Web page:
BPSdocs2Our Basic Packages of Services

The Basic Package of Services for Infrastructure

TAMKEEN offers a wide range of project options related to infrastructure. Many of TAMKEEN’s infrastructure projects are very normal projects like power, water and road projects, but they focus on rehabilitating the damage done by the war. For example, TAMKEEN infrastructure projects can repair damage to roads done by bombing or clear unexpoded ordinance. Many TAMKEEN power and water projects focus on restoring the supply of public utilities that have been damaged in fighting, or cut off by the Regime. TAMKEEN provides options to rehabilitate sanitation and drainage, and to improve solid waste management. Again, these are likely to focus on rehabilitating existing systems. The infrastructure BPS takes a very broad definition of infrastructure, also including options to work on civil defense, farm infrastructure and bakeries.

The Basic Package of Services for Education

TAMKEEN’s Education BPS covers a wide variety of needs, from “hard” to “soft” and familiar to unfamiliar. The BPS includes options for repairing school infrastructure, for rehabilitating classrooms and replenishing school supplies. It also includes project options for providing stipends or salaries to teachers. The BPS includes options for training teachers to deal with emergency situations, to establish and support Home Learning Programmes and other alternative education delivery models, and to promote child safety. It includes a project option for psychosocial support to children, and options for vocational training and learning centres for women and girls. Like the Infrastructure BPS, the Education BPS focuses on restoring and rehabilitating damage done to the conflict. It emphasizes finding alternative ways to adapt education to the demands of the conflict, therefore helping children keep learning even during the war.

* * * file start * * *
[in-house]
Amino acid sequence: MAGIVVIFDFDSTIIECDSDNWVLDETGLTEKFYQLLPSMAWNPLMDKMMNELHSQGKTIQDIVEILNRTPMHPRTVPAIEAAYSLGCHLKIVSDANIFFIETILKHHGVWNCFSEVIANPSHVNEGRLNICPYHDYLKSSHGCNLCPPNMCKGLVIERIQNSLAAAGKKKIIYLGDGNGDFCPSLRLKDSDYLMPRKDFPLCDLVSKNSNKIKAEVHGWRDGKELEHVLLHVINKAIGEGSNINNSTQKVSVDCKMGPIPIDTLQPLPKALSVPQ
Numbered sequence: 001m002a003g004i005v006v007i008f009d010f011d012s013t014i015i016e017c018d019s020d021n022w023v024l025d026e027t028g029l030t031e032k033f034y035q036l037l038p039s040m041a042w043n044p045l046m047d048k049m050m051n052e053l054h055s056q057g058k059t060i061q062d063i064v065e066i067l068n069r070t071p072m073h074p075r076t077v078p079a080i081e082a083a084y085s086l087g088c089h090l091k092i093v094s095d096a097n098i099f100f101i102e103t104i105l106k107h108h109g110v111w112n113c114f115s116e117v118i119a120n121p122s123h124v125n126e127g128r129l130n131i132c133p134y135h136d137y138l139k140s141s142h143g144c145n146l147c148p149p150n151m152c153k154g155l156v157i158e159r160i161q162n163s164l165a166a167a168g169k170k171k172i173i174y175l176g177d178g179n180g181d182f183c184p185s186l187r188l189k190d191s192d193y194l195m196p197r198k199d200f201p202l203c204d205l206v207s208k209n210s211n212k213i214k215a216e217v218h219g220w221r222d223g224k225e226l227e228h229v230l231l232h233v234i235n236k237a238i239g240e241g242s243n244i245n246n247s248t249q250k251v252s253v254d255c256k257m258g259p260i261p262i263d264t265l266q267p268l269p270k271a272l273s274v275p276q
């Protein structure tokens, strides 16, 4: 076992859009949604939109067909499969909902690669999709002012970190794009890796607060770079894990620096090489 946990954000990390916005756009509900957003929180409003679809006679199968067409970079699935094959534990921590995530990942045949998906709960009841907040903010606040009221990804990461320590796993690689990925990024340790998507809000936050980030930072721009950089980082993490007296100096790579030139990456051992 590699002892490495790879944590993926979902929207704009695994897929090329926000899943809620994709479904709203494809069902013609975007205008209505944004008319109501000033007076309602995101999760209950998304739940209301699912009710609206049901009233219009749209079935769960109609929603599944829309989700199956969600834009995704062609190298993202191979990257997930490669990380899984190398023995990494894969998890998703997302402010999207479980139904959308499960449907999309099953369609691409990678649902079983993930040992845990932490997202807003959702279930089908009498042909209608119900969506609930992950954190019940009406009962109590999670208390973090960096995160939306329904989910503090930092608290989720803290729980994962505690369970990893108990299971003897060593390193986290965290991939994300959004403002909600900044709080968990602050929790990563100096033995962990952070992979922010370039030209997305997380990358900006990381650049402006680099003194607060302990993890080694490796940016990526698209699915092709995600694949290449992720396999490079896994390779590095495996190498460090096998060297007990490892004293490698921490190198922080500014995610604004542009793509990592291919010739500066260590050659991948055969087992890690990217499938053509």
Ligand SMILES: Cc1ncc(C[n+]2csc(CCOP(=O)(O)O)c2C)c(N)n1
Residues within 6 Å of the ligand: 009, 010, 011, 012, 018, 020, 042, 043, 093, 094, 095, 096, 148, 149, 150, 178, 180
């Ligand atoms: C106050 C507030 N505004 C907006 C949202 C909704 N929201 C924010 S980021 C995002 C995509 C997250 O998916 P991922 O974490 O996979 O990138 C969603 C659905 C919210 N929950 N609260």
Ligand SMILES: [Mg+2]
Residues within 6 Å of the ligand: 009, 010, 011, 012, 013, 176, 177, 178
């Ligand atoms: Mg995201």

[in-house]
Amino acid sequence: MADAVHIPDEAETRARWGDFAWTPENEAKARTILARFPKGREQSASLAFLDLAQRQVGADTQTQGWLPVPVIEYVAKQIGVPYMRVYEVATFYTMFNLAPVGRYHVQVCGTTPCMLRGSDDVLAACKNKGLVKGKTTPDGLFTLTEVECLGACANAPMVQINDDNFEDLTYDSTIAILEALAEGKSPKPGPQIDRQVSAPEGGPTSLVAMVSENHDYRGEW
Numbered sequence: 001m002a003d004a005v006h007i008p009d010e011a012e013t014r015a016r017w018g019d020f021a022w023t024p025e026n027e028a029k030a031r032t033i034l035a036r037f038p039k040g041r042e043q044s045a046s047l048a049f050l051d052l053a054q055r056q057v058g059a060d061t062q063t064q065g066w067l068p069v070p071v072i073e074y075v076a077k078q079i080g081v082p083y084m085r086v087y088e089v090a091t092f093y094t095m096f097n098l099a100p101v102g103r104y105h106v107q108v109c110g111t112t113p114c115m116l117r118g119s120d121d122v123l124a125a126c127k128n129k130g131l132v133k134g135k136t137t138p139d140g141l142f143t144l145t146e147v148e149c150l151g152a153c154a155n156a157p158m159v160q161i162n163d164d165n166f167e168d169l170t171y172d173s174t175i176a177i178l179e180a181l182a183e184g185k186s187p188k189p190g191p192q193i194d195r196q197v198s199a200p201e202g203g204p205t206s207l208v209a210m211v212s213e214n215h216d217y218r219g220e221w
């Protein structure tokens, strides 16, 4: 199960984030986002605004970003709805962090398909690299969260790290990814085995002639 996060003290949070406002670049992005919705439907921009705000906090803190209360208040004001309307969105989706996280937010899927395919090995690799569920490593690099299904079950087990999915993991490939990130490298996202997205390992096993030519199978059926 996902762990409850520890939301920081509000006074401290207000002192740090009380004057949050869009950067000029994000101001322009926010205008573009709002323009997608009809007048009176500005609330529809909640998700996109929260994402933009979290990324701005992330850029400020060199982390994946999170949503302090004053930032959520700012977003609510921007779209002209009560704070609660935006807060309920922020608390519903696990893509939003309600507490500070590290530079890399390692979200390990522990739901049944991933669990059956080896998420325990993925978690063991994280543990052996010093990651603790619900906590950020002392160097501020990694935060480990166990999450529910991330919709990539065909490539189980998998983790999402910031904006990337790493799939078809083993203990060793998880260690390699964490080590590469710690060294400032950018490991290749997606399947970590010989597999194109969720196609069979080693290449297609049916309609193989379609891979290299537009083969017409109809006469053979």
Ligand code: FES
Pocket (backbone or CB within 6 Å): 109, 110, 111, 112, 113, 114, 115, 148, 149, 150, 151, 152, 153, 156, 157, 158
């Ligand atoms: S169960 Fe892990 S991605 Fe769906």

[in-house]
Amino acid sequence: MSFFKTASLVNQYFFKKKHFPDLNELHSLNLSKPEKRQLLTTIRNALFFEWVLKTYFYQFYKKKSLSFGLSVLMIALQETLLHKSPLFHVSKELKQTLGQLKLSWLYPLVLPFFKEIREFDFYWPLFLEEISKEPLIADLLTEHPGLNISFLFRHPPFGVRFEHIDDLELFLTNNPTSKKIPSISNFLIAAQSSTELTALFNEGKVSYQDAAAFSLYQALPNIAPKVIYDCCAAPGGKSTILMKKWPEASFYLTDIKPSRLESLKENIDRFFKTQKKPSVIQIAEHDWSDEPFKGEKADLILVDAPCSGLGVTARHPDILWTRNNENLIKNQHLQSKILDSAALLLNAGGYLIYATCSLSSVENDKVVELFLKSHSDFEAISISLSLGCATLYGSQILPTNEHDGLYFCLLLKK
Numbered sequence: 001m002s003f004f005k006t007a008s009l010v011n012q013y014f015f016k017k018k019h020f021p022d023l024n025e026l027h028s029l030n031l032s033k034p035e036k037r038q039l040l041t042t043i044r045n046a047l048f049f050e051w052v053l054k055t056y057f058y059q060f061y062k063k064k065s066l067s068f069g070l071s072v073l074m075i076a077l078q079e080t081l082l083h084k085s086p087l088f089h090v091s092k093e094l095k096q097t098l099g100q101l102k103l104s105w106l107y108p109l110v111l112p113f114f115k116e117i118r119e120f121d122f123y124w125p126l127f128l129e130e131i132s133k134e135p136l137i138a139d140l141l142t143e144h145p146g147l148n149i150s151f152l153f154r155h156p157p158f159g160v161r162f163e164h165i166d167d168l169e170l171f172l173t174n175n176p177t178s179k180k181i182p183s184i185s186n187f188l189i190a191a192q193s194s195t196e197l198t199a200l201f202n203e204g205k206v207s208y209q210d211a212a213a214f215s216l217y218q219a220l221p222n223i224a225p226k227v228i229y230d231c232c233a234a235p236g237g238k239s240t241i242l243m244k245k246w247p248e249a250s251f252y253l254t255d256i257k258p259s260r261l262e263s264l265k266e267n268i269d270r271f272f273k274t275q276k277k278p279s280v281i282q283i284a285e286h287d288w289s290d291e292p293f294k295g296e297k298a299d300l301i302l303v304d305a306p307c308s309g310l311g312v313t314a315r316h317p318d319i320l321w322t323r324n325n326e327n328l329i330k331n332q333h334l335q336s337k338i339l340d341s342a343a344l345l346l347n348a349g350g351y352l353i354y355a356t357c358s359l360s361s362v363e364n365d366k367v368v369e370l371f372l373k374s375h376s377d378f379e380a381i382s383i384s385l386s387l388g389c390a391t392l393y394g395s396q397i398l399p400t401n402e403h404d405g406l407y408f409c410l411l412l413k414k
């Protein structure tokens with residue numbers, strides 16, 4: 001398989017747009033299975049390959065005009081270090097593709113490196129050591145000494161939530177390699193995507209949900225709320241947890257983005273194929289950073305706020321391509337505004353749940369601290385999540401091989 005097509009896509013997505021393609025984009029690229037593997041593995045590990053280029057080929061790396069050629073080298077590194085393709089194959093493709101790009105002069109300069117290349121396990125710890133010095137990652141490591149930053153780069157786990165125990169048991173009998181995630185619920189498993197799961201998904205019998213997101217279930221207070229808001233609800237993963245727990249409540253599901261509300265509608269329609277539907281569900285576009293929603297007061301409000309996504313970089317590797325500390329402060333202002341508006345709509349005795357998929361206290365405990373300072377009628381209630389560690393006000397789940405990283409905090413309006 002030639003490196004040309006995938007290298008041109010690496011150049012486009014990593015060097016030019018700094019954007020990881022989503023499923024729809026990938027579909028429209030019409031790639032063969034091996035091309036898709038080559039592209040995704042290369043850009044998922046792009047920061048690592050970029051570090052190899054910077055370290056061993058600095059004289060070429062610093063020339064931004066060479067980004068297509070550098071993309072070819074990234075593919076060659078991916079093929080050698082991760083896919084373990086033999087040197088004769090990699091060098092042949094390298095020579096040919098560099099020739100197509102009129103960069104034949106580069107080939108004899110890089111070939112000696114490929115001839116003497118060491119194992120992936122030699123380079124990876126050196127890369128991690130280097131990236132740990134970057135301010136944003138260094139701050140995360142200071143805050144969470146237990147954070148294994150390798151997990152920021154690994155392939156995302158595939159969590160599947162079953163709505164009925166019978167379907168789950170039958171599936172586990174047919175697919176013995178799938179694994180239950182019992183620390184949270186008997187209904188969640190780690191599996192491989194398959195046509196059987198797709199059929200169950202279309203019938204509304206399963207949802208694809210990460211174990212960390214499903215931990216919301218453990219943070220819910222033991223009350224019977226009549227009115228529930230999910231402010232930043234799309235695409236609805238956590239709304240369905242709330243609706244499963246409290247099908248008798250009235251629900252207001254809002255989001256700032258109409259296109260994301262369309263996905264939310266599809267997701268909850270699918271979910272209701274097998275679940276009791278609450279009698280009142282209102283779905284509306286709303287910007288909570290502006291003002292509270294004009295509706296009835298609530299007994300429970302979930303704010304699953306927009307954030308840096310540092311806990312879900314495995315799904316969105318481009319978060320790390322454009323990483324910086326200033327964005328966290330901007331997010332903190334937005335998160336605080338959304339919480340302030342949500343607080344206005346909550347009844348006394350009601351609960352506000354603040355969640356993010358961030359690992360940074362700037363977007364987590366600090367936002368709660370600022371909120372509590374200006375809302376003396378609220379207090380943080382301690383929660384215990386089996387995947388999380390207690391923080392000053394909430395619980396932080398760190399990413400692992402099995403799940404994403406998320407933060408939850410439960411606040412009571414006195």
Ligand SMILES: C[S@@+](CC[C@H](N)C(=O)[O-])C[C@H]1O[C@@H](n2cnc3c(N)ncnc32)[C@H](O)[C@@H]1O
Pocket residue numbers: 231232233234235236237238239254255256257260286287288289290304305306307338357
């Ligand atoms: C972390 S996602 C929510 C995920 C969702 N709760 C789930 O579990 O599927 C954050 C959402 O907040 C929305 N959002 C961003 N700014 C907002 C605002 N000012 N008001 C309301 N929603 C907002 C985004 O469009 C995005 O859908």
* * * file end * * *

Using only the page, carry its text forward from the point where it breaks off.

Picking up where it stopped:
The Basic Package of Services for Health

TAMKEEN’s Health BPS covers a range of health needs including primary, secondary and preventative health care. Its projects include options for the most obvious, major health needs of Syrian communities, for example the need to rehabilitate clinics and hospitals, to restock pharmacies and to provide working ambulance services. The project options also address less widely known but serious issues, for example to control the epidemic of Leishmaniasis in Syrian cities (caused by accumulation of waste and rubble) and to provide physical and psychological therapy for ex-combatants who are traumatized, physically handicapped or both.

The Basic Package of Services for Governance

TAMKEEN’s BPS for governance includes a range of capacity building projects for local councils, including projects to build financial management capacity, to improve public records management, to establish revenue collection and to administer civil registration services. It also includes the very popular option of organizing a census or survey of the local community, in order to help to prioritize aid and service delivery. The Governance BPS also includes options to address other aspects of good governance, for example to faciltiate dialogue and mediation, to build Community-Based Organizations and to improve reporting of Human Rights Violations.